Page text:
And here you've put the reader as Hyde looking at Pidwig and in the distance the Tyrannosaur. Don't keep overloading the reader with images in an action scene. In practice that means that the way you move the reader's mind in P4 is distraction. It would work better to make Pidwig hesitate and look to Brash and back to Hyde and then back to the tyrannosaur -- he's losing focus on making the kill shot.

Something very tough for an author to see is a repetition of certain items:
P2: "Unvolution Incorporated's genetic technicians had re-created for him"
P3: "a terror brought back from the prehistoric past"

That's my suggestions.

BuffySquirrel said...

EE hacked down one line but I think it would have greater impact if it was hacked even further.

It wasn't the first time Hyde had seen wealthy clients freeze when they realized, too late, that their money could not buy courage.

That brings 'courage' into prominence rather than burying it in verbiage.

This opening is overwritten and reminds me of at least two other (published) SF stories that I've read. It needs something more to make it stand out than an incompetent hunter and a dino.

Evil Editor said...

Yes, the dino needs to eat Pidwig on page 1. We don't want to read about Pidwig anyway, so off him.

Veronica Rundell said...

This piece immediately conjured Bradbury for me...which is good and bad.

Good, because I love Bradbury.
Bad, because it feels derivative.

Suggestions: I think Hyde should demonstrate more irritation. I think this scene should move faster. I think you should consider the length of your sentences--and cut them.

Action sequences are often hampered by too much prose. Cut it to the bone. Incident, reaction, consequence. The only description should be that which paints the scene, no reflections, no musings. Save that for the post-action scene.

You might, for example, have a sardonic commentary running on tranmitters between Hyde and Brash that captures the disdain Hyde feels about his job, and his client. I dunno.

Best of luck. And thanks for the Bradbury memory. Oh, to be in seventh grade again....

BuffySquirrel said...

EE's right. The dino should eat everyone and go on to have a successful career in publishing. As an editor.

Ahem.

VGC said...

Mister Furkles, were you channeling James Joyce in that continuation? Loved it!

khazar-khum said...

I'm rooting for the dinosaurs already, and we're only on the first page. Maybe they'll organize a hunt into Manhattan or London, where they can catch financiers for their bespoke silk suits.

Anonymous said...

I loved the continuation. That's all I have to say. I loved the continuation.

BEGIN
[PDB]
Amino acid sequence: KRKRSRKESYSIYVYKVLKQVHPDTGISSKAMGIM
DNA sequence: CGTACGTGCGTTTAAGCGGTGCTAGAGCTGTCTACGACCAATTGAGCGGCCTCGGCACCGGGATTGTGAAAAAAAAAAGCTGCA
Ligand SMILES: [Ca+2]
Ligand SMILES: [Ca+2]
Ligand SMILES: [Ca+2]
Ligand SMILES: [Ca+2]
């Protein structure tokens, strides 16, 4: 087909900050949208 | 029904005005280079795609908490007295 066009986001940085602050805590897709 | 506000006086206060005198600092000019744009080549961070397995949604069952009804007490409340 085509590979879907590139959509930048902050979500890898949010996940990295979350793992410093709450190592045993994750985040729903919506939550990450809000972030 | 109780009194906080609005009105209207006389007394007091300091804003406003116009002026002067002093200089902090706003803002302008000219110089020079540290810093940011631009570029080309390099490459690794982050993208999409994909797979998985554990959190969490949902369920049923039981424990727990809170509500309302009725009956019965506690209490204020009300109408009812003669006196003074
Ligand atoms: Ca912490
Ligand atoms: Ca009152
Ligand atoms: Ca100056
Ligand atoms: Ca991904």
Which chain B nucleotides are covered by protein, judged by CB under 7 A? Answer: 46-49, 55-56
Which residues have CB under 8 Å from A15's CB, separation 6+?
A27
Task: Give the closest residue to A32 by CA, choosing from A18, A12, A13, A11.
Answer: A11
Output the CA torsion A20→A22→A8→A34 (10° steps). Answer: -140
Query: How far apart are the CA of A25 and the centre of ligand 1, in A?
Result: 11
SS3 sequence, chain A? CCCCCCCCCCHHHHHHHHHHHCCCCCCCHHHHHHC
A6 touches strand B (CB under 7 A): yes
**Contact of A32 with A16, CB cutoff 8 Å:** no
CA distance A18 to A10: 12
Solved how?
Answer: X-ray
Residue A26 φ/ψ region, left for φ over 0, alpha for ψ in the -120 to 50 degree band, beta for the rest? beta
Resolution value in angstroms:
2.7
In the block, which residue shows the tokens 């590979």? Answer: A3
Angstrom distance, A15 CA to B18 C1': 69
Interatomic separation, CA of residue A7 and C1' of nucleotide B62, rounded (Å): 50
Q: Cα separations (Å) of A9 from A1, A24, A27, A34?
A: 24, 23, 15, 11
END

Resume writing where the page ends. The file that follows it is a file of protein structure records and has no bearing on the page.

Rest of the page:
james said...

Author here:

Sorry for the late response, but I just go in from a really long day. Truly appreciate the advice, though.

You'll all be glad to know that Pidwig does get eaten. Second page, I think.

I absolutely do agree with Dave Fragments that the pace of the wording needs to be faster for action scenes. Sentences short and to the point. And that does happen. Just not in the first 200 words. Intentionally used that space for info dumping, Tk. And please don't think I'm trying to be a smartass in saying that. I know it isn't the way things are supposed to be done these days, and I fully expected to be told about it. In fact I figured more people would tell me about it. But I made a conscious decision to go ahead and do it for reasons that would take to long to explain. Thanks, though.

I think Mr. Furkles either wanted to prove he can write a longer sentence than some of mine, or he just knows I like cats.

And I like adjectives. Too much, I know, EE. They're like beer. One good adjective deserves another. But you're right. Thank you for reminding me that I've got many of them to weed out. Although the story is complete, I still very much consider it a WIP. By the way, "too late" isn't even in the original draft. I just threw it in at the last minute when I sent the opening to you, because I thought it looked good there. Obviously it didn't. It won't be there on the final draft.

Veronica. Wow! There were certain things in your continuation that made me wonder if you'd somehow managed to read the rest of the story. Not about Pidwig. He gets eaten. And there really is a good bit more going on than just what you wrote. But the blundered shot, the tragic loss, the outrage ... they're elements that have much to do with certain aspects of the story.

Sorry if I've left anything out. But I'm going to bed now. Thank you all for your input.

Thanks, and good night

CavalierdeNuit said...

You could benefit by cutting down your sentences, removing the over explanations, adding commas and/or semicolons, and challenging yourself to write the opening in much less words. Adjectives are fun to play with, but usually unnecessary. Cut the ones you don't need.

This made me think of Jurassic Park meets The Most Dangerous Game. And that sounds like a cool read.

james said...

Author here, again. Awake and seeing with clearer eyes after a good nights sleep.

I agree with you, CavalierdeNuit, and had already decided to post a redo using many of the suggestions that you and others offered. With EE's permission, of course. Not now. Gotta get ready for work. But if (big "if") I manage to get off part of this weekend, I plan on taking a crack at it. Will be going for tighter sentence construction, omission of certain adjectives that might not be as essential as I thought they were, and losing as much info dumping as I think I can get by with. In so doing, it may give me enough extra room in the first 200 words to provide a few more lines, which should give a better idea of where this story is going.

Still probably won't be able to kill Pidwig on the first page, though. Sorry.

Thanks again to all for the helpful and useful suggestions.

PLaF said...

I don’t care if it has been done before: a story about hunting dino’s is too cool NOT to read!
I got kind of a “King Kong” vibe from this, where all of Hyde’s careful planning and fail-safes actually fail and then T-rexes go on a rampage in New York.
Anyway, I just wanted to add that I hope, in your rewrite, that some semblance of “It wasn't the first time Hyde had seen wealthy clients freeze when they came to realize, too late, that one thing their money could not buy was the courage to face a terror” survives.